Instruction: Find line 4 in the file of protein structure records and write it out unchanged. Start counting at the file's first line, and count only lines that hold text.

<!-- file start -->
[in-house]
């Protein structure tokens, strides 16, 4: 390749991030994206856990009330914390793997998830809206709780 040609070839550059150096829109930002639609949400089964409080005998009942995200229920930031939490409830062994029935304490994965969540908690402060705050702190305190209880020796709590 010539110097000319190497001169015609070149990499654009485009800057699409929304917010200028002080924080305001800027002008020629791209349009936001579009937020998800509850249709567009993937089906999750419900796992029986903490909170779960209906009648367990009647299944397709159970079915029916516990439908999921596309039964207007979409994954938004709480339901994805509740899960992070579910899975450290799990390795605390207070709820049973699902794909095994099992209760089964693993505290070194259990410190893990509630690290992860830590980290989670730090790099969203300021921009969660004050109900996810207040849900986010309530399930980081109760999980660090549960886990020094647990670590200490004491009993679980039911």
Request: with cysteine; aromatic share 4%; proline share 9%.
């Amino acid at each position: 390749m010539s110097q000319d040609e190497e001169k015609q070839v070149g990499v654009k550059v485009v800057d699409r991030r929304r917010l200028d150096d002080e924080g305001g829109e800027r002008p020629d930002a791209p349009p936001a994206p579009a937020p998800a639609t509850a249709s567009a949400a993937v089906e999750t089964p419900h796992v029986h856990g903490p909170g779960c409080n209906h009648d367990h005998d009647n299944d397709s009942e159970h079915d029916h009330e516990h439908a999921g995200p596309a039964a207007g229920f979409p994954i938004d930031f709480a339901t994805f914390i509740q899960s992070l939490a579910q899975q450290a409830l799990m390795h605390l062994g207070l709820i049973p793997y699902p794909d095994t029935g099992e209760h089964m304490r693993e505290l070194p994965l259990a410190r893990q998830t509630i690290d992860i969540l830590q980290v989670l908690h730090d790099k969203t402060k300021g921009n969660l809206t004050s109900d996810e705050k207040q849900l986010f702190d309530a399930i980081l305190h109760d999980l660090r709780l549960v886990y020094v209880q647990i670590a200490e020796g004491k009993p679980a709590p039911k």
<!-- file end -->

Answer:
């Amino acid at each position: 390749m010539s110097q000319d040609e190497e001169k015609q070839v070149g990499v654009k550059v485009v800057d699409r991030r929304r917010l200028d150096d002080e924080g305001g829109e800027r002008p020629d930002a791209p349009p936001a994206p579009a937020p998800a639609t509850a249709s567009a949400a993937v089906e999750t089964p419900h796992v029986h856990g903490p909170g779960c409080n209906h009648d367990h005998d009647n299944d397709s009942e159970h079915d029916h009330e516990h439908a999921g995200p596309a039964a207007g229920f979409p994954i938004d930031f709480a339901t994805f914390i509740q899960s992070l939490a579910q899975q450290a409830l799990m390795h605390l062994g207070l709820i049973p793997y699902p794909d095994t029935g099992e209760h089964m304490r693993e505290l070194p994965l259990a410190r893990q998830t509630i690290d992860i969540l830590q980290v989670l908690h730090d790099k969203t402060k300021g921009n969660l809206t004050s109900d996810e705050k207040q849900l986010f702190d309530a399930i980081l305190h109760d999980l660090r709780l549960v886990y020094v209880q647990i670590a200490e020796g004491k009993p679980a709590p039911k």